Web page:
America in 2020 — Is it 1972 All Over Again?

Sasha Stone
10 min readAug 29, 2020

In their book Pendulum: How Past Generations Shape Our Present and Predict Our Future, Roy Williams and Michael Drew map out how society repeats itself in cycles. In their book, the pendulum shift is a 40 year span. But there are other ways to see how the pendulum can swing in American culture. If John F. Kennedy inspired a cultural renaissance that led to a counter culture revolution, which eventually swung in the opposite direction to Ronald Reagan, one can see how the arc went from the 1960s to the 1980s.

The next big culture quake on the left happened when Barack Obama was elected in 2008. He inspired a renaissance of identity, of shared voice, which then gave rise to the counter culture revolution we’re living through now. What we don’t yet know is where 2020 will fit into this shifting landscape. Which side of the pendulum will the country swing?

Trump’s re-election would be another 1972. If Biden defeats Trump in November, he is either Jimmy Carter in 1976, briefly holding onto the presidency before American culture pulls back towards the right, towards conservatism, or Biden IS Ronald Reagan, and will push American culture fully and completely into the new left that Obama started. A “Woke Utopia” which could hold for as long as Reagan’s did, that’s roughly 28 years if you mark the of it the beginning of Obama’s reign.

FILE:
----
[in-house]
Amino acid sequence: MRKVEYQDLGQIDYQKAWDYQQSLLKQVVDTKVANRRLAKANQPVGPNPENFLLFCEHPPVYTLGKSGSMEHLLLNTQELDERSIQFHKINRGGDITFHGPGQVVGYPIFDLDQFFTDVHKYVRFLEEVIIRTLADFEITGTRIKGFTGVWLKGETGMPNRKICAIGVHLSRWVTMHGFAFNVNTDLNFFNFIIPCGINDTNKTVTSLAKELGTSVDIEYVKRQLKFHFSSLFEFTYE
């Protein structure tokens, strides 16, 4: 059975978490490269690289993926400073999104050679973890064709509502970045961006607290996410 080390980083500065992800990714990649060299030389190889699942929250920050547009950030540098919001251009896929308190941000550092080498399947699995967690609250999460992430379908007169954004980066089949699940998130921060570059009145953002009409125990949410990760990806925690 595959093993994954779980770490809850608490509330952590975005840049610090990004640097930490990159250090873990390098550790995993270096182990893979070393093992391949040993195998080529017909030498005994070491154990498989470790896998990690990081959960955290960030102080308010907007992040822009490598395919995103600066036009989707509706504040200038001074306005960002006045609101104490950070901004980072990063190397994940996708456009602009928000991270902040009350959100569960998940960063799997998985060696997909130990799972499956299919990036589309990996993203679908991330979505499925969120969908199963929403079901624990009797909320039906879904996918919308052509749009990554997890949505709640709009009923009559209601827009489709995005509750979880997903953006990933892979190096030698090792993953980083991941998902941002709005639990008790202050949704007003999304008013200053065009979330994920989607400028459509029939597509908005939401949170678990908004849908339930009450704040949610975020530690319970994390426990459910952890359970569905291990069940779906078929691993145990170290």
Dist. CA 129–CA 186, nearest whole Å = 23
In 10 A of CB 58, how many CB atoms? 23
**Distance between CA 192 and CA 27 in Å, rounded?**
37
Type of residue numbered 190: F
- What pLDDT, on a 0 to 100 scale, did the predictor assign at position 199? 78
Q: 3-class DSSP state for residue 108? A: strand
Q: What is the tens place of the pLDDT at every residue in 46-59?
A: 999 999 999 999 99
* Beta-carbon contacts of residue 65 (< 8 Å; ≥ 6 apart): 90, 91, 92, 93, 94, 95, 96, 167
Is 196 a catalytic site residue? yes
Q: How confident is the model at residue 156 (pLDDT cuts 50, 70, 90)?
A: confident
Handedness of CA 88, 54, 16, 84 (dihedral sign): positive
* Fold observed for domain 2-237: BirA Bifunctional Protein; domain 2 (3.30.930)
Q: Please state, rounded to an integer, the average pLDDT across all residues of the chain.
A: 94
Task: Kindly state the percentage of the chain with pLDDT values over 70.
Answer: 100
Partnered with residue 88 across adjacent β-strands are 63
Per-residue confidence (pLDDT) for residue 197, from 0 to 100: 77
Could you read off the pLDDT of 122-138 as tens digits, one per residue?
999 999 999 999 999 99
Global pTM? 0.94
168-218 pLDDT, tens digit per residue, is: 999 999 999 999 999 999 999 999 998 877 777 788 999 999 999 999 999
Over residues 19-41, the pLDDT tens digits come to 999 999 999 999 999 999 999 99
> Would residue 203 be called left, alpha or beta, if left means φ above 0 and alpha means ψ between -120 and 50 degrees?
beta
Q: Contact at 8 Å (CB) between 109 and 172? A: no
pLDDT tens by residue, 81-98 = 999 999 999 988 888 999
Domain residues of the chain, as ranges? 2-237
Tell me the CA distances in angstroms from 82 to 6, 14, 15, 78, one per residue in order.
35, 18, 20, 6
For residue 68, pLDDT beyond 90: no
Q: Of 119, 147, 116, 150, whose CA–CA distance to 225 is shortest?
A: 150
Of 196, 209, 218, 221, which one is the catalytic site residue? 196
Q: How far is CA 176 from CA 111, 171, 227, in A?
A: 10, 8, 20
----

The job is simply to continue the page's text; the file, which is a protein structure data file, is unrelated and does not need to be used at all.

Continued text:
If Williams and Drew are right, and that culture swings in the opposite direction every 40 years, we are not even half-way through the cycle of culture shifting. But that doesn’t mean presidential power won’t.

Where we are right now is not yet knowable. We have extremes pulling on both the left and the right. Then we have the middle. Is the middle staying with the Democrats or will it shift over to Trump’s side of things? A bigger question is which way is the pendulum swinging and where will we end up?

JFK’s America

The pendulum started swinging away from the conservatism of the 1950s just before Kennedy’s rise in 1960. That was due to a generation of young people, baby boomers, who started to come of age who were shaking off the confines of the rigid 1950s, which was its own utopian vision of American life after World War II. It was also a time when black activism was rising to demand equal rights in a country that had oppressed them for centuries. Kennedy would give voice to that movement. He would be shot, so would his brother and so would Martin Luther…

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